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Nokia: Still Attractive After Microsoft's Purchase

|Includes:Nokia Corporation (NOK)

Recent announcement of Nokia's (NYSE:NOK) sale of its Devices and Services business to Microsoft (NASDAQ:MSFT) for 5.44bil EUR sent Nokia's share price up more than 30%. In this article, I will argue that Nokia's current price is still attractive for its remaining assets.


Nokia's businesses include three parts: Devices and Services designs and sells both smart phones and feature phones, targeting different market segments; HERE is Nokia's proprietary map technology used in mobile devices, automobiles and enterprise solutions; NSN is a telecom infrastructure provider, focusing on mobile communication. In the sale's announcement, Nokia will sell its Devices and Services unit, but it will retain its portfolio of patents currently reported under the same unit.

Investment Analysis

Let's use the sum-of-parts method for the valuation. Numbers quoted below are denominated in EUR, except mentioned otherwise.

The net cash on Nokia's balance sheet is 9.77bil cash - 7.09bil debt = 2.68bil, taking into account the upcoming 1.7bil debt to finance the acquisition of Siemens' share of NSN business. For the sale of the Devices and Services unit, Nokia will receive 5.44bil in cash and realize 3.2bil gain on sale. The capital gain tax from the sale will be 3.2bil x 26% = 832m, where the tax rate is assumed to be the same as that applied to the corporate earnings. So the net cash after the sale will be 2.68bil + 5.44bil - 832m = 7.29bil.

For HERE, we can assume no value since its adjusted income for the second quarter is flat. However, as part of the deal agreement, Nokia will receive an undisclosed amount of license fee from Microsoft for the future usage of the HERE platform. HERE may actually become valuable but we can treat it as a free option for the valuation purpose.

For NSN, Nokia's efforts in targeting the profitable countries, focusing on the growing mobile communication business and emphasizing the cost reduction already produce decent results. For the second quarter, its non-IFRS operating margin is 11.8%, a big improvement comparing to the margin of 0.2% in the same quarter a year ago. To value NSN, we can annualize the second quarter revenue of 2.78bil to get the full year revenue of 11.12bil. Based on the management's long term operating margin target of 5%-10%, we can assume the midpoint of 7.5% and estimate the operating income to be 11.12bil x 7.5% = 834m. The expected interest expense for Nokia group should be 340m (2012 interest expense) x 7.09bil (Nokia group new debt) / 5.39bil (Nokia group current debt) = 447m, and NSN's portion is roughly 447m x 2.8bil (NSN new debt) / 7.09bil (Nokia group new debt) = 177m. NSN's net income is (834m - 177m) x (1-26%) = 486m. Assuming a 10x multiple, we value NSN at 4.86bil. For the current and new debts, they are listed below for reference:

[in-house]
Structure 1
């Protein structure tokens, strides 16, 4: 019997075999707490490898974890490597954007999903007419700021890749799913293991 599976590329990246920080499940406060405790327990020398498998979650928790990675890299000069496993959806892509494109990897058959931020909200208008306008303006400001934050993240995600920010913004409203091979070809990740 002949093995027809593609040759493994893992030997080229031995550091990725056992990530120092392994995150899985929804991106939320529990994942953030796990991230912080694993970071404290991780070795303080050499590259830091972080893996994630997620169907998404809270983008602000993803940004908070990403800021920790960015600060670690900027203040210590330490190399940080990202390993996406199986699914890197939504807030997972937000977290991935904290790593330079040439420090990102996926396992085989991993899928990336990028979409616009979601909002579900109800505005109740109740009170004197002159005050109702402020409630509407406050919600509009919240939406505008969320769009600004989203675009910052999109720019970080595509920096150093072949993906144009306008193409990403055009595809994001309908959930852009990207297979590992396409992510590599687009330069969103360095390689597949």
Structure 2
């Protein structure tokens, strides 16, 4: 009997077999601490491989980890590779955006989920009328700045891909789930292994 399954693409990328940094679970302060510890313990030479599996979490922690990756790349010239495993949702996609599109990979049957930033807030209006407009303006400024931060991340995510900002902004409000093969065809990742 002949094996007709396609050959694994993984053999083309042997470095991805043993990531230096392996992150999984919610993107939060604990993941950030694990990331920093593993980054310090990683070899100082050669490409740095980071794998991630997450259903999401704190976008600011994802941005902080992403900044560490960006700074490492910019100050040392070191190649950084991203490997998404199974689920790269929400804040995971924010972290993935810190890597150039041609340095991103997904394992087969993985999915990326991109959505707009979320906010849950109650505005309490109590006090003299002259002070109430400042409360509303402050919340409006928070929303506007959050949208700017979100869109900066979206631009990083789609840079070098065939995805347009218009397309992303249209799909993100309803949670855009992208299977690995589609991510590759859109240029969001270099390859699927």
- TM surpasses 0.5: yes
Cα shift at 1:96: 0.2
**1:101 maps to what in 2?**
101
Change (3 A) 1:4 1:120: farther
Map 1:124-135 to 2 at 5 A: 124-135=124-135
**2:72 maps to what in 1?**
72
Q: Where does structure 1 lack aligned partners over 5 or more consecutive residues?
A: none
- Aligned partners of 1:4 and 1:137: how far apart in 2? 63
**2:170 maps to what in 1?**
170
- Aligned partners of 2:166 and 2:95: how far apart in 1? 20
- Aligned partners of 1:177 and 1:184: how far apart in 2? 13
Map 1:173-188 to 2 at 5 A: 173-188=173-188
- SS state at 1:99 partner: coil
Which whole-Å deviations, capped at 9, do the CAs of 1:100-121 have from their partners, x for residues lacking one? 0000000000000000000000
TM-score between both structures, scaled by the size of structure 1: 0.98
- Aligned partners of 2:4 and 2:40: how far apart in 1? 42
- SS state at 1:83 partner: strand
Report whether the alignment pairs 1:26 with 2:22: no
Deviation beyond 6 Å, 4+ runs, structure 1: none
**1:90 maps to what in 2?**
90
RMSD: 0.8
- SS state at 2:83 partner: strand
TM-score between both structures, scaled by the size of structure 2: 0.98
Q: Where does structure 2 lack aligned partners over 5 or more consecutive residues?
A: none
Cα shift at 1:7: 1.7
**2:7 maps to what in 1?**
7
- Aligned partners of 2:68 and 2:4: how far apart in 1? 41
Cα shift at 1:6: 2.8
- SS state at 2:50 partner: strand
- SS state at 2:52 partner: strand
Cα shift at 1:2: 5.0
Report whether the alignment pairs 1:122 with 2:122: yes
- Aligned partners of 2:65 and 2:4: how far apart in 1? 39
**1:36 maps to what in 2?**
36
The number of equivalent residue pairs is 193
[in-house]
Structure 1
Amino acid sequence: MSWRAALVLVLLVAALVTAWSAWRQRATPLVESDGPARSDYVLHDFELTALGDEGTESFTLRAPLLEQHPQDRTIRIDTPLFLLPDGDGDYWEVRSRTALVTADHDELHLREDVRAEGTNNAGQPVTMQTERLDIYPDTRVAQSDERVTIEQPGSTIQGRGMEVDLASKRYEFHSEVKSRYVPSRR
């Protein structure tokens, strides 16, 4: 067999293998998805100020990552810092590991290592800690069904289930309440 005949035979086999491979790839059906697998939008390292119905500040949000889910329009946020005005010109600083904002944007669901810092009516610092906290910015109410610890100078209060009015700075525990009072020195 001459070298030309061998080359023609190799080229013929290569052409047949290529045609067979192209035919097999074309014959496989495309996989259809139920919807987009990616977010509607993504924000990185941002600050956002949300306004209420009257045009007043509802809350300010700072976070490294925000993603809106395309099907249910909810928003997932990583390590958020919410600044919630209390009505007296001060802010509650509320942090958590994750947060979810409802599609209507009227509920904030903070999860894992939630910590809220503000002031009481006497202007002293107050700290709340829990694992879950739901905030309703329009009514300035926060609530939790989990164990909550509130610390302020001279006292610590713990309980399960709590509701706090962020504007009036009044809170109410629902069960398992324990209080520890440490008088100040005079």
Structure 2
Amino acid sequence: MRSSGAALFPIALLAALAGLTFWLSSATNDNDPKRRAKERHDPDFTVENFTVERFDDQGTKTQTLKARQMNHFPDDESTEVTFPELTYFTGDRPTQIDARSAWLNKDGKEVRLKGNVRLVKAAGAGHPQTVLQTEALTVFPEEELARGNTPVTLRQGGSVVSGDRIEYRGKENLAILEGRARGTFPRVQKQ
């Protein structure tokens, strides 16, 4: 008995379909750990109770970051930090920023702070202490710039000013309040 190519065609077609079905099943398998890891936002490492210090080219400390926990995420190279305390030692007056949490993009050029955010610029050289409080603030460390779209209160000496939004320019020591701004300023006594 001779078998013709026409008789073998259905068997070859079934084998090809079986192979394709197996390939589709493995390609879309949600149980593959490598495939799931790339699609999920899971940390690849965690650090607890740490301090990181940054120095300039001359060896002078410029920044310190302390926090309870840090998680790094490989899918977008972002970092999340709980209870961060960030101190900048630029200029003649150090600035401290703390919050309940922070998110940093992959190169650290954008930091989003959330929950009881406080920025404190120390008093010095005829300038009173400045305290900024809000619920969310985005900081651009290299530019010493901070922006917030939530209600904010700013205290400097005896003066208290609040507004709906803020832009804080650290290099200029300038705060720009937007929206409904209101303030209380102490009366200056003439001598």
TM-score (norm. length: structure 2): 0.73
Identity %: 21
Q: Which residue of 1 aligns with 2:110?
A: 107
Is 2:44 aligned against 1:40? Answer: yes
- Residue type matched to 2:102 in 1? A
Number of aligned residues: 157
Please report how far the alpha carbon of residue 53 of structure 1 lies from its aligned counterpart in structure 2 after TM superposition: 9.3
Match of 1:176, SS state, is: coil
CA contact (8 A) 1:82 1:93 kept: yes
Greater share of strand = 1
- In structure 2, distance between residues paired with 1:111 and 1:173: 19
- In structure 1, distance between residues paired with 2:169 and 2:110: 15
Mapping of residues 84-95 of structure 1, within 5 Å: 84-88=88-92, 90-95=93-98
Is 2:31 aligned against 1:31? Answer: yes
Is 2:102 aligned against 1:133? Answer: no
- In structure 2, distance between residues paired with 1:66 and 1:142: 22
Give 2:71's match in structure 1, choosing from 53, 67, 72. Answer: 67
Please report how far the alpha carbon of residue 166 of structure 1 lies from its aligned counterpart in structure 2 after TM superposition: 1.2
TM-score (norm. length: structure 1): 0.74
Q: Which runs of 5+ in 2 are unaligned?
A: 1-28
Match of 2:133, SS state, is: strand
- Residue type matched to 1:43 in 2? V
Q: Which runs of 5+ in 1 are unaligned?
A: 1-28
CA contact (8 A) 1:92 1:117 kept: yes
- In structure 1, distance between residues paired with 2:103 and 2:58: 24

Nokia group








The final asset to value is Nokia's trove of patents. To highlight their importance to Nokia, Advanced Technologies-one of the three businesses in the new Nokia-will be focusing on the patent enforcement. To put a value on them, we can look at similar transactions happened recently. In 2011, Nortel sold its portfolio of 6000 patents for 4.5bil USD or 3.41bil EUR at today's exchange rate. In the same year, Google (NASDAQ:GOOG) announced the acquisition of Motorola Mobility for 13bil USD or 9.85bil EUR, gaining its 17000 patents as part of the deal. Comparing to Nortel's and Motorola's, Nokia's portfolio contains more than 30000 patents, which some expert deems of higher quality and estimates to be worth more than 9.7bil USD or 7.35bil EUR. In fact, based on the patent related operating income of 128m in the second quarter, we can estimate its annualized net income to be 128m x 4 x (1-26%) = 379m. Since most of the patents will be in force in ten years' time, we can use a 10x multiple to calculate the value to be 379m x 10 = 3.79bil. After the sale of its Devices and Services unit, Nokia is likely to get more aggressive in enforcing its patents, since it will not be concerned of getting countersued anymore. As a result, its patent related income is likely to increase in the coming years.

We can summarize Nokia's valuation in the below table, based on two different scenarios of valuating its patent portfolio:




Net Cash









Sum of Parts



Current MktCap



Pct Chg



Based on the valuation for the first conservative case, Nokia's current price has very limited downside. For the upside, it can be more than 30% when market realizes the value of its patents, especially after Nokia becomes more aggressive in enforcing them. I think this could happen in 1-2 years' time.

Deal Closure

Buying Nokia's shares right now runs the risk if the deal doesn't close, which is subject to the approvals from shareholders and regulators. Since both companies' boards already agree on the deal, the risk resides in the regulatory approval. Given the precedent of Google's acquisition of Motorola Mobile and Microsoft's significant termination fee of 750m USD payable to Nokia in the event that the transaction fails to receive necessary regulatory clearances, it is very likely that this deal will get approved in due time.


With the sale of its Devices and Services business, Nokia's valuation is anchored to the sum of the values from its net cash, NSN and the portfolio of patents. Once focusing on the patent enforcement, Nokia will extract more value for its shareholders.

Disclosure: I have no positions in any stocks mentioned, and no plans to initiate any positions within the next 72 hours. I wrote this article myself, and it expresses my own opinions. I am not receiving compensation for it. I have no business relationship with any company whose stock is mentioned in this article.

Stocks: NOK